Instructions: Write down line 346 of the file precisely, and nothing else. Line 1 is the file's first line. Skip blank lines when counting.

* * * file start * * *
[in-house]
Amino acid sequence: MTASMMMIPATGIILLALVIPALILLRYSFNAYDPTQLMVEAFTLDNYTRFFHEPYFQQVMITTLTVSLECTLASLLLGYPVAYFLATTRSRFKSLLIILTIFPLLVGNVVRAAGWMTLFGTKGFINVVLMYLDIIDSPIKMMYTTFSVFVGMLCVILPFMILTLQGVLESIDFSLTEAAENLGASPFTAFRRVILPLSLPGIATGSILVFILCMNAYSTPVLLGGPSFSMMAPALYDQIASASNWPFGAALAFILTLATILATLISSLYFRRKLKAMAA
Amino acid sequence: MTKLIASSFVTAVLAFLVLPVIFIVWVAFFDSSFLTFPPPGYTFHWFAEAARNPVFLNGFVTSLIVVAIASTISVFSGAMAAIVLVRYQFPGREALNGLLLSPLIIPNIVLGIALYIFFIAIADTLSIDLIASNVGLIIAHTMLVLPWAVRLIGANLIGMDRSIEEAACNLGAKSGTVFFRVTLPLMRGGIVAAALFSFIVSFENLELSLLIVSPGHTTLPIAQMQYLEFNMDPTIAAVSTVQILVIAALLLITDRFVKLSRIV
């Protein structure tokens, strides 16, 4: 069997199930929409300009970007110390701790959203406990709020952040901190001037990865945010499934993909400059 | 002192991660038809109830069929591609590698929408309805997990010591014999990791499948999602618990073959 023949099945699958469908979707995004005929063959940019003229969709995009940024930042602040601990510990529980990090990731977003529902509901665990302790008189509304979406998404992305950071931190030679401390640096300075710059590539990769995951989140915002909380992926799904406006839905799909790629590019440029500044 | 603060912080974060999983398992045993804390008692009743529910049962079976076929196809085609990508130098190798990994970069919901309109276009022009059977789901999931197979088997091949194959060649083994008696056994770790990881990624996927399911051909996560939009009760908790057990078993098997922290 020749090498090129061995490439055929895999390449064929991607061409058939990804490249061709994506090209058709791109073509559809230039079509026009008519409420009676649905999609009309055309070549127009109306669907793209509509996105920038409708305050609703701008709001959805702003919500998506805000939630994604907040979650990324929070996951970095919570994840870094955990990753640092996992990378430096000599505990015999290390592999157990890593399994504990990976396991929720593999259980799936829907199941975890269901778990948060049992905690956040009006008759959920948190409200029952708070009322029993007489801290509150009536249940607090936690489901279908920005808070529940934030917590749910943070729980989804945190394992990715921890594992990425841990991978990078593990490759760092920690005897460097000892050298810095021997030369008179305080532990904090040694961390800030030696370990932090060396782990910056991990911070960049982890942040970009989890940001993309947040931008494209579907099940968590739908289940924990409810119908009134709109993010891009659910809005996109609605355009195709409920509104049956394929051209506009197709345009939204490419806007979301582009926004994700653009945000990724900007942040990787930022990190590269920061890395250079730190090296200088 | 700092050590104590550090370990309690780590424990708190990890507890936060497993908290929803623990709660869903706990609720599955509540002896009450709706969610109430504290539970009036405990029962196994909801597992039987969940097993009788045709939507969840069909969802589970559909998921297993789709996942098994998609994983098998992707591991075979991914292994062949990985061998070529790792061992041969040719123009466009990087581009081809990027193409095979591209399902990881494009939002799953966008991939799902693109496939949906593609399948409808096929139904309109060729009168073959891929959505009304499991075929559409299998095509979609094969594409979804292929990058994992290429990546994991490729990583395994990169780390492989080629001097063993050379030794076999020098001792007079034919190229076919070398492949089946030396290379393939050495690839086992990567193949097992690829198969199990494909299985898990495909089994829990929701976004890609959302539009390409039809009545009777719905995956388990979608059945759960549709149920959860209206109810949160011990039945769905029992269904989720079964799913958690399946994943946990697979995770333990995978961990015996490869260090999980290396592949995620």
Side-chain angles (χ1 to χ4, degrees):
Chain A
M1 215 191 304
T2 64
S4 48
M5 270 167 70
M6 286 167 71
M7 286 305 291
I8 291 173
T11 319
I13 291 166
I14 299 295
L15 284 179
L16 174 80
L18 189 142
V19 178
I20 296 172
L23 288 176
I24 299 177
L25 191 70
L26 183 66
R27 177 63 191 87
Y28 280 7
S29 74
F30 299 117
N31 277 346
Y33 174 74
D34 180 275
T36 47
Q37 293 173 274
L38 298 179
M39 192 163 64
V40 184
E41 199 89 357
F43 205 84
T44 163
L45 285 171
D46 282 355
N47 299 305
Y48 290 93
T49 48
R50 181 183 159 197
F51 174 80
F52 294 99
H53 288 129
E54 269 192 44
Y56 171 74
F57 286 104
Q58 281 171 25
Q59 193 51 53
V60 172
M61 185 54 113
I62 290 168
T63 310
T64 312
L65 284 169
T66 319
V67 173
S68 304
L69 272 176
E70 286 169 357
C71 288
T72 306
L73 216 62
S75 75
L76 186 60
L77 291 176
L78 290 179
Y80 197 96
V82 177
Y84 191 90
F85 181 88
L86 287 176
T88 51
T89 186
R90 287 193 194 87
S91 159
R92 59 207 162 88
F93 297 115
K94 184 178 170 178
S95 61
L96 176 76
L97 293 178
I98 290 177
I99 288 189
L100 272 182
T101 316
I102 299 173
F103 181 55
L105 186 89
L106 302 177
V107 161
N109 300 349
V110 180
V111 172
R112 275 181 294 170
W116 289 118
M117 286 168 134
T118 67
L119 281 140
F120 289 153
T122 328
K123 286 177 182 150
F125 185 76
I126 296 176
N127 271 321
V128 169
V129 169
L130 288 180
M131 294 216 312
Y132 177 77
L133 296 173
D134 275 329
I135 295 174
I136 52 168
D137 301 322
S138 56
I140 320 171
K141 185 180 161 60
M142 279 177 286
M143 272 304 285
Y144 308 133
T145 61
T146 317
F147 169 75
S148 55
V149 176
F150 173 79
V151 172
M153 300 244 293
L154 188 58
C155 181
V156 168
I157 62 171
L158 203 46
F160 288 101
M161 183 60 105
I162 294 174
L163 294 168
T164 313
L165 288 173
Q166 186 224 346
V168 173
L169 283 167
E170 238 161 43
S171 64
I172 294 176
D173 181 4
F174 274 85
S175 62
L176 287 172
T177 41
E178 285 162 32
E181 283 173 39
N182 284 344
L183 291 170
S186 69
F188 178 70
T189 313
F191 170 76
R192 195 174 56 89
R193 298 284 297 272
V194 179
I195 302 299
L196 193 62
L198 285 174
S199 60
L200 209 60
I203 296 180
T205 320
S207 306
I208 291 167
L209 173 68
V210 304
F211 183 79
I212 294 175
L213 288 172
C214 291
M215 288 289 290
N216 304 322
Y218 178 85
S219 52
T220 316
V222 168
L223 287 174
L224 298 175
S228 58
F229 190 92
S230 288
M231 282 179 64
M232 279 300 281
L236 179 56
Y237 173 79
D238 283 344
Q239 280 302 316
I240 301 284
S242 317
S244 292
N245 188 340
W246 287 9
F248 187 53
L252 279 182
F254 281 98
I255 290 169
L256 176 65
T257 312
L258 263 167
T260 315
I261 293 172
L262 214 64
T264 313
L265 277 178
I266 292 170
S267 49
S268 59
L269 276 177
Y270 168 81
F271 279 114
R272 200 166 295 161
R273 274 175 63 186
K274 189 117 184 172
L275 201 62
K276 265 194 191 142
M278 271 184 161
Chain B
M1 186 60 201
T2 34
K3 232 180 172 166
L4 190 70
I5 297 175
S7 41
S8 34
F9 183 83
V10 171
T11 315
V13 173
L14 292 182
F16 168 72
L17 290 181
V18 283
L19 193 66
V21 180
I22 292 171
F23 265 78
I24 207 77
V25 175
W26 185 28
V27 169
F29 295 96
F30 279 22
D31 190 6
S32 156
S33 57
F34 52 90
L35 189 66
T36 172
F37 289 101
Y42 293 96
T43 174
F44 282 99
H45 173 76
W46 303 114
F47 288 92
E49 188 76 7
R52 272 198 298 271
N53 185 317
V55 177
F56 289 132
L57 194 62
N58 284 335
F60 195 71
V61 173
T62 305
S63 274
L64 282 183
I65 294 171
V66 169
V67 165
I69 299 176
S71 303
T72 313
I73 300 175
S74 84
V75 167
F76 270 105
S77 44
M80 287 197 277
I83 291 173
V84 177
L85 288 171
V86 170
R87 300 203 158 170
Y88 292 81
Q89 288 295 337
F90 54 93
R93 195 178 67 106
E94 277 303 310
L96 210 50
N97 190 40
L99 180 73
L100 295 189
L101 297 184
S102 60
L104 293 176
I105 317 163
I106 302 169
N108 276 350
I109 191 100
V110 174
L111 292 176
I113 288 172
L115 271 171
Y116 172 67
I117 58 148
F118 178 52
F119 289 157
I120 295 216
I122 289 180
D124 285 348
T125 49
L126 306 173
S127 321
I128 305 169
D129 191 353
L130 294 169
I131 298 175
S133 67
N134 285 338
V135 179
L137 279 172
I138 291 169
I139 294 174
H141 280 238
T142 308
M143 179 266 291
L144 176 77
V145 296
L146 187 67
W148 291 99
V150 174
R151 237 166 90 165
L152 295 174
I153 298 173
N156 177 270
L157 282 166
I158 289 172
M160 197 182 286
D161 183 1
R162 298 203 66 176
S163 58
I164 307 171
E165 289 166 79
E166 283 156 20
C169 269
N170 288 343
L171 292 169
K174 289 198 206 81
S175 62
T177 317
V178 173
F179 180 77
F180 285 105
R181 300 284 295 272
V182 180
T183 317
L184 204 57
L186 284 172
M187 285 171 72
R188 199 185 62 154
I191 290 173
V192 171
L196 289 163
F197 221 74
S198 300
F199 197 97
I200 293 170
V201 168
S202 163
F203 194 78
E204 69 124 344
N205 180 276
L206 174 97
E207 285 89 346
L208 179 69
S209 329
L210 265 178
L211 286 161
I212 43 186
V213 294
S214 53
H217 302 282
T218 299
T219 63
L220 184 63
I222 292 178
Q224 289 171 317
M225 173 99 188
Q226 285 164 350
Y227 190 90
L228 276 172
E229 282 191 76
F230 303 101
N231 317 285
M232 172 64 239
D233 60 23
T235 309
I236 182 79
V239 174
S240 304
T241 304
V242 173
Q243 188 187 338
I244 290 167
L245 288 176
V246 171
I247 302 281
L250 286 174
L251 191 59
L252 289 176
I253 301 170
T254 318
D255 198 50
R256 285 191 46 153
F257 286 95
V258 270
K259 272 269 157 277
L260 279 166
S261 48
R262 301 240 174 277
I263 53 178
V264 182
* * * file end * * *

L152 295 174